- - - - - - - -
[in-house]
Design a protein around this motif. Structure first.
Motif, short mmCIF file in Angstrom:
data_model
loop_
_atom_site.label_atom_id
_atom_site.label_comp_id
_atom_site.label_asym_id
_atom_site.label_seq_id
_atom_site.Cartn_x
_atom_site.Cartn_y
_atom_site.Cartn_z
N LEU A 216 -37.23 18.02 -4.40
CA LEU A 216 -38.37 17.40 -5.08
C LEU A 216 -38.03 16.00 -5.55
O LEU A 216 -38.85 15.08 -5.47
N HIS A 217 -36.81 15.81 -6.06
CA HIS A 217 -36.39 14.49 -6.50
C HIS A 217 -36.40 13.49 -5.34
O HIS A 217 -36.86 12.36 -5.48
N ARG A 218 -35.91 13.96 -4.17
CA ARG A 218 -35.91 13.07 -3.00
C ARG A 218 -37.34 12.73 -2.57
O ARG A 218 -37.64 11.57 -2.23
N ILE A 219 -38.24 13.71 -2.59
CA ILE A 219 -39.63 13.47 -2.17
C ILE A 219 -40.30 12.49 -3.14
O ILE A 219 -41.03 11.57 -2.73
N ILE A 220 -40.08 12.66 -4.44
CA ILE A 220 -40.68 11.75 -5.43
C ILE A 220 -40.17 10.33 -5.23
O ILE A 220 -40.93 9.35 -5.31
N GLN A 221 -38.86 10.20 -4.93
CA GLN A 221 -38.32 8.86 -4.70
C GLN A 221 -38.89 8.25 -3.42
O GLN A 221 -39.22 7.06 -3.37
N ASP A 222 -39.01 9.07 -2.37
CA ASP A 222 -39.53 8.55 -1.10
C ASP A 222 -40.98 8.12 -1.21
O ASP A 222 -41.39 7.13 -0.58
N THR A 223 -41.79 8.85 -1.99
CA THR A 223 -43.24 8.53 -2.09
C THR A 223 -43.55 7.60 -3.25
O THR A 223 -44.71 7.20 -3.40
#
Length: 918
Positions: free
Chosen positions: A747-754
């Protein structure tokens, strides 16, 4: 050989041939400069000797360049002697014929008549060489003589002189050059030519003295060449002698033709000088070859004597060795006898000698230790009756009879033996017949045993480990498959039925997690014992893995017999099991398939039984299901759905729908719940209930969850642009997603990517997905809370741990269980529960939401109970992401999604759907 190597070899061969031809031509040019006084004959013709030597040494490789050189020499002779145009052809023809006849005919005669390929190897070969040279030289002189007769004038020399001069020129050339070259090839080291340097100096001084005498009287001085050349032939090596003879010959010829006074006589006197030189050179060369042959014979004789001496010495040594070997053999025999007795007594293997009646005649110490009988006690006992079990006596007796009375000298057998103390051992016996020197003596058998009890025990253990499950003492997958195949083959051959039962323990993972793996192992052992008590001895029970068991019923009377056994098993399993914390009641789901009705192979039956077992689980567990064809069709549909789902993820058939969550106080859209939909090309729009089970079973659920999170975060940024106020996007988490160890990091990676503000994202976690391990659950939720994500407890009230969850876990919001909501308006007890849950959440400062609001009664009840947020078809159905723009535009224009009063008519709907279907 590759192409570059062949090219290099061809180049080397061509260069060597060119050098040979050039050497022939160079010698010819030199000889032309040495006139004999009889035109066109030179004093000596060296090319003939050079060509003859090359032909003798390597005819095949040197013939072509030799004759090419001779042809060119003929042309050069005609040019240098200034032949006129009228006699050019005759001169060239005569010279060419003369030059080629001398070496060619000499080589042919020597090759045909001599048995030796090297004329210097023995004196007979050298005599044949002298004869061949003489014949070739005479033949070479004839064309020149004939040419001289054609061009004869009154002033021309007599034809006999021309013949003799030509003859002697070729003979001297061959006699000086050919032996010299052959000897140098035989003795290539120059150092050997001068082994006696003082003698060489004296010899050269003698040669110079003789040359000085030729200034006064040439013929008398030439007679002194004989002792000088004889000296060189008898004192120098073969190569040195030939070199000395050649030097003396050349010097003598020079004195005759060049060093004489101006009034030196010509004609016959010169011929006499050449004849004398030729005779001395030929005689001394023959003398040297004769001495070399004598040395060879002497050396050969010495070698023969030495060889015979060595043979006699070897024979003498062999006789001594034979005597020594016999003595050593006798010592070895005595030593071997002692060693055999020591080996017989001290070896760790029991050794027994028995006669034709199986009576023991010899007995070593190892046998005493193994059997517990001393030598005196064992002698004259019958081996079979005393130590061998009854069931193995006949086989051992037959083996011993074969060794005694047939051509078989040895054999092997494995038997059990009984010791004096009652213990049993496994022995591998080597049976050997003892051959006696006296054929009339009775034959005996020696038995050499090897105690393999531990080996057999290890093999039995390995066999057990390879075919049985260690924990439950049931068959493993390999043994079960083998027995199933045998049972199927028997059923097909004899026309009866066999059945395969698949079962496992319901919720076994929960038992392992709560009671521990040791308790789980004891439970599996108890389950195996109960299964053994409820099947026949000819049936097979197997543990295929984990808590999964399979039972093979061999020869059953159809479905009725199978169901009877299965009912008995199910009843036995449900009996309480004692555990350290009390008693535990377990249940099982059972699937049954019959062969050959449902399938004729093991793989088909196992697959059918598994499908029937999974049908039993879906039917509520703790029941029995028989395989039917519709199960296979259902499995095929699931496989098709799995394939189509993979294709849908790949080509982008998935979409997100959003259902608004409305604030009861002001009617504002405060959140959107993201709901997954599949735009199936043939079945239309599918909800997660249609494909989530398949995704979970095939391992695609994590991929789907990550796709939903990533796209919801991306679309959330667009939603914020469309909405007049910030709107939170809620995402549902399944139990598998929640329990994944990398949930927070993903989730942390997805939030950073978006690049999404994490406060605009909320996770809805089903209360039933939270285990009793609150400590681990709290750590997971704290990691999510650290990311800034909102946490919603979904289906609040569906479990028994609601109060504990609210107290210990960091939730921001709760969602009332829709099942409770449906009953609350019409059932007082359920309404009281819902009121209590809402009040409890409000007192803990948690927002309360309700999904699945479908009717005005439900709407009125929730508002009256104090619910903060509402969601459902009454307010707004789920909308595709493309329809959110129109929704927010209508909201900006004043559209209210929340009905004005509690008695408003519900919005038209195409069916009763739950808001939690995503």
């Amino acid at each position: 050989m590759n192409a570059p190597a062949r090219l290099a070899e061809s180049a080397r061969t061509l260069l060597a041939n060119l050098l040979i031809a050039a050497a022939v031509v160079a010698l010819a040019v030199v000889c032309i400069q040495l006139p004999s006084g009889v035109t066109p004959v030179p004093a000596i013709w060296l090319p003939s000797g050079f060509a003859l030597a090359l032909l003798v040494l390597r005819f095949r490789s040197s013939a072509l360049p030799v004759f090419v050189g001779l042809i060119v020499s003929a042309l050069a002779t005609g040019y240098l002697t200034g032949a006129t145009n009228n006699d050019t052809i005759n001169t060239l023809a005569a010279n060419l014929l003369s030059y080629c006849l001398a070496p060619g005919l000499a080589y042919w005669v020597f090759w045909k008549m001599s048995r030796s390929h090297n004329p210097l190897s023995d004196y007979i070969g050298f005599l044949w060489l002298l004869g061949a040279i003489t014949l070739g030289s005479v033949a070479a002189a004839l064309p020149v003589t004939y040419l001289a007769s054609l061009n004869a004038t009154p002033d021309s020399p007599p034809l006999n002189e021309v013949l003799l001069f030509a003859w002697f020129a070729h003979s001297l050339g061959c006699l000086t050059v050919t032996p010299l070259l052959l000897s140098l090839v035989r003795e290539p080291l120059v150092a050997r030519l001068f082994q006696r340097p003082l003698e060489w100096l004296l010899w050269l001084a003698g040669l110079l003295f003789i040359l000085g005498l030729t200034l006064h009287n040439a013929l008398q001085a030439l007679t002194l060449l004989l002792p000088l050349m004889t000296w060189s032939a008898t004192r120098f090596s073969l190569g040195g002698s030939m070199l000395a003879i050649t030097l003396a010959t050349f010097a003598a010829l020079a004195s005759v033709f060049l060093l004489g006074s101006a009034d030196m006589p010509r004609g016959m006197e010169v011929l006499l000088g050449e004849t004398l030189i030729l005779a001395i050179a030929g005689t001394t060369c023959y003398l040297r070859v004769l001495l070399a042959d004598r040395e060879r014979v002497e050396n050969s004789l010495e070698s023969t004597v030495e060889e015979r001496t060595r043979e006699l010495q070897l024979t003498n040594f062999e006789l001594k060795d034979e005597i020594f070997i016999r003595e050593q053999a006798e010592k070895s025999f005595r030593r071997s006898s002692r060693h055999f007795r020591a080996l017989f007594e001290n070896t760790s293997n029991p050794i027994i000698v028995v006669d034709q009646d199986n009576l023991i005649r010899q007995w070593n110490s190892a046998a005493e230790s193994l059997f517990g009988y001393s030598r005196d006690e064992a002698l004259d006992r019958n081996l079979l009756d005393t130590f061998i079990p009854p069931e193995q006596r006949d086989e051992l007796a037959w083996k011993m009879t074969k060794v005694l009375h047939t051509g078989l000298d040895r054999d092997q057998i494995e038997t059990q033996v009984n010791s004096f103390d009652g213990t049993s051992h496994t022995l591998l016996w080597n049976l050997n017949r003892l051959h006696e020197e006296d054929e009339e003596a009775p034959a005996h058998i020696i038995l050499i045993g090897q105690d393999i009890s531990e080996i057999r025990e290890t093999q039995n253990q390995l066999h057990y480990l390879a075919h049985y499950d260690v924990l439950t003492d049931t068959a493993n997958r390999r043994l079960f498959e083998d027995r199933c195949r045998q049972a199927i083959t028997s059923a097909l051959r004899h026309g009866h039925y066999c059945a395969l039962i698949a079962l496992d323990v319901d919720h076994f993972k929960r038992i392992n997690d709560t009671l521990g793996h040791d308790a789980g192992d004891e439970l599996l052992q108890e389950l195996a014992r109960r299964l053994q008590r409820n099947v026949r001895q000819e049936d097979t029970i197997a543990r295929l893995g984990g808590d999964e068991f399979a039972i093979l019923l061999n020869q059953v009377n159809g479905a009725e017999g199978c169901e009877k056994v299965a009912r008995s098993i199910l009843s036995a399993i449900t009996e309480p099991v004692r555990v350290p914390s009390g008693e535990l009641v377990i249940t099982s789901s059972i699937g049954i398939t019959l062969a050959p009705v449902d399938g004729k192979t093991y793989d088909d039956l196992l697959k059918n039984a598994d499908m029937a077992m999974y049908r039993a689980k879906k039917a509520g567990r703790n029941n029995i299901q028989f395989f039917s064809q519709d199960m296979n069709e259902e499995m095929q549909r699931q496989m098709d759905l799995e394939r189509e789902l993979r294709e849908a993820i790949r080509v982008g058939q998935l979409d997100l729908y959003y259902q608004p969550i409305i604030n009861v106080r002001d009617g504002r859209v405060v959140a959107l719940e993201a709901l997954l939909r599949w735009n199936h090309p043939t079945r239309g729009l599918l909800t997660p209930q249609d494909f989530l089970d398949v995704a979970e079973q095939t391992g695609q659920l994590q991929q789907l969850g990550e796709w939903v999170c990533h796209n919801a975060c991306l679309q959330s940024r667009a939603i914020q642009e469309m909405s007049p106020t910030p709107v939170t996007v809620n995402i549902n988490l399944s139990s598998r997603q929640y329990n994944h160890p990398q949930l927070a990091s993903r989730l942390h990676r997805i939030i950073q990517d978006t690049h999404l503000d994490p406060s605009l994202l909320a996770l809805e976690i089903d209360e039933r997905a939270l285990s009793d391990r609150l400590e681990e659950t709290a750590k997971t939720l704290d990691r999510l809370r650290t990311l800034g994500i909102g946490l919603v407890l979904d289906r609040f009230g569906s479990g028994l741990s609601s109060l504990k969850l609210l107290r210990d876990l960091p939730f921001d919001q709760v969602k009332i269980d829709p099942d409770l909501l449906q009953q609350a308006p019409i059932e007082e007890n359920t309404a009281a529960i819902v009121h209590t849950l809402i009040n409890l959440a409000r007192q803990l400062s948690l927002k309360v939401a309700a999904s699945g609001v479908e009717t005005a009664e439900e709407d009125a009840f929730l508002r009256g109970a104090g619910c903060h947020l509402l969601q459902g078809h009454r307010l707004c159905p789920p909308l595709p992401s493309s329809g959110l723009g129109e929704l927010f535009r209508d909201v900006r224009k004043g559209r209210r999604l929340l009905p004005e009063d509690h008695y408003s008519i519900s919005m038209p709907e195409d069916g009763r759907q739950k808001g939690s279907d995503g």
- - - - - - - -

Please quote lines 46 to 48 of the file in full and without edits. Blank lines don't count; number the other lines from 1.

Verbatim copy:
Length: 918
Positions: free
Chosen positions: A747-754